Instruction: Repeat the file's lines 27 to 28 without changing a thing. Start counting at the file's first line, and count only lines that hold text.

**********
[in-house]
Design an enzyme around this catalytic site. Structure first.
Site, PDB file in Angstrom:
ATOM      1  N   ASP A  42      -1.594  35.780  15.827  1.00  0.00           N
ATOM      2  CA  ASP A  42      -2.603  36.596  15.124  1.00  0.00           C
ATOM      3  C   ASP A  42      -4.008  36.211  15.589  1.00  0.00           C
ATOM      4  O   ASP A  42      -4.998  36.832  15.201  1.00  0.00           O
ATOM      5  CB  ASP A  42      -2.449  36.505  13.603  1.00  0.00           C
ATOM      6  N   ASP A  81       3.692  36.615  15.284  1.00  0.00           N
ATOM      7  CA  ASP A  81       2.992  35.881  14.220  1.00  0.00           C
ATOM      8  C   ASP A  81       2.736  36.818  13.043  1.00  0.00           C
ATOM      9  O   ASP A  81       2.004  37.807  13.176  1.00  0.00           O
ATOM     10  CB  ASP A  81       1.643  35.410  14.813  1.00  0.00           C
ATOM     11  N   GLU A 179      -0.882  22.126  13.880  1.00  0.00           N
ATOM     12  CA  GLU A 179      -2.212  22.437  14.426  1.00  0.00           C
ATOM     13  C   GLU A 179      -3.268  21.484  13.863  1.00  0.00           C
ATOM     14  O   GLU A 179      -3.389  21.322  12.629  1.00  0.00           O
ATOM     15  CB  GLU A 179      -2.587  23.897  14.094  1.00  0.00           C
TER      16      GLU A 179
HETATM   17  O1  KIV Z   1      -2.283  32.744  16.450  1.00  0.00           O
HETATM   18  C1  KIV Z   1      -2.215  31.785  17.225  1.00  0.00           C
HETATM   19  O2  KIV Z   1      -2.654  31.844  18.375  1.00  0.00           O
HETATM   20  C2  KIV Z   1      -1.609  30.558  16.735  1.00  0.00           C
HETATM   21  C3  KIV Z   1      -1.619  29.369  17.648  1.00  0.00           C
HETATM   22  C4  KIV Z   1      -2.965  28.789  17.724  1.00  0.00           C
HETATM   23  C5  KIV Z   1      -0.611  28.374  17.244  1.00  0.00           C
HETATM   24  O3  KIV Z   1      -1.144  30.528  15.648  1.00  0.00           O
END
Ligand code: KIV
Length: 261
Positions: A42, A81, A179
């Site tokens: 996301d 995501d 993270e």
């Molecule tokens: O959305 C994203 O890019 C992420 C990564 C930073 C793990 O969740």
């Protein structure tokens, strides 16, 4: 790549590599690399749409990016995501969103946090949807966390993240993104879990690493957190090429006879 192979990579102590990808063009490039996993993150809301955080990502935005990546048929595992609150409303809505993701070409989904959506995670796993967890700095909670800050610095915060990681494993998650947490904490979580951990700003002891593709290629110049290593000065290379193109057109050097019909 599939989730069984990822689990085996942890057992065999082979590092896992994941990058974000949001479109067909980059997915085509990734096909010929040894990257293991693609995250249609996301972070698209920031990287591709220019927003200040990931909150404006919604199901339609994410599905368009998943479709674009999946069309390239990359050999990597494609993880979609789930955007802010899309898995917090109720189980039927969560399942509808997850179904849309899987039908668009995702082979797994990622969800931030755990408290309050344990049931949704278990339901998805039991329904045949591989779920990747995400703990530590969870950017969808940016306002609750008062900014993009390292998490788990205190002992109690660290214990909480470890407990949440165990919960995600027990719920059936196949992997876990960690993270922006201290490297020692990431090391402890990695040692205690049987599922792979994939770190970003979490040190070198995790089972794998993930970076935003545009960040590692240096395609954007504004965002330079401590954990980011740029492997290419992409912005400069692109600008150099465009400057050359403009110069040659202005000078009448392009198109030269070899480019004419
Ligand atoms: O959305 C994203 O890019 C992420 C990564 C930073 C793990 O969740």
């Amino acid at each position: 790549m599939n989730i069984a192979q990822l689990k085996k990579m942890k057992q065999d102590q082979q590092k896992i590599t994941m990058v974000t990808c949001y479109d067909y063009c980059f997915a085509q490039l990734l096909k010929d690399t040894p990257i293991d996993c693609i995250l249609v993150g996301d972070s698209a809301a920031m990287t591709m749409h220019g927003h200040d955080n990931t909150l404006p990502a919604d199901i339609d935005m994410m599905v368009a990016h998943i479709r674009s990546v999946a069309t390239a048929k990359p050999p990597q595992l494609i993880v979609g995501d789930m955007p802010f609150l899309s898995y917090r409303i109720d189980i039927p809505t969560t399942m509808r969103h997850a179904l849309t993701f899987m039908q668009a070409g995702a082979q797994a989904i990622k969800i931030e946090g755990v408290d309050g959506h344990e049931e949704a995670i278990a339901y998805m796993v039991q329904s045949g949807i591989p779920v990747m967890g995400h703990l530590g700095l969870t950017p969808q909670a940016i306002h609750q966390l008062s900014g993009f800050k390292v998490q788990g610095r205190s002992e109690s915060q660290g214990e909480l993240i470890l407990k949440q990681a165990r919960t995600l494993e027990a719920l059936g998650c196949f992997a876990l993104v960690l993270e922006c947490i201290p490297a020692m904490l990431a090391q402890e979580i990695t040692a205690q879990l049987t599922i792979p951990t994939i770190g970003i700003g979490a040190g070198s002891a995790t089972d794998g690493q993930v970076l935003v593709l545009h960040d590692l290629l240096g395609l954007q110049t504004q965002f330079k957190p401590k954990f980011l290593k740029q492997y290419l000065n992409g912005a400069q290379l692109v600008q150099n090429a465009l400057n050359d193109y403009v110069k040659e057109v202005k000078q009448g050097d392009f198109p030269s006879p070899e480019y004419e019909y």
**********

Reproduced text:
HETATM   24  O3  KIV Z   1      -1.144  30.528  15.648  1.00  0.00           O
END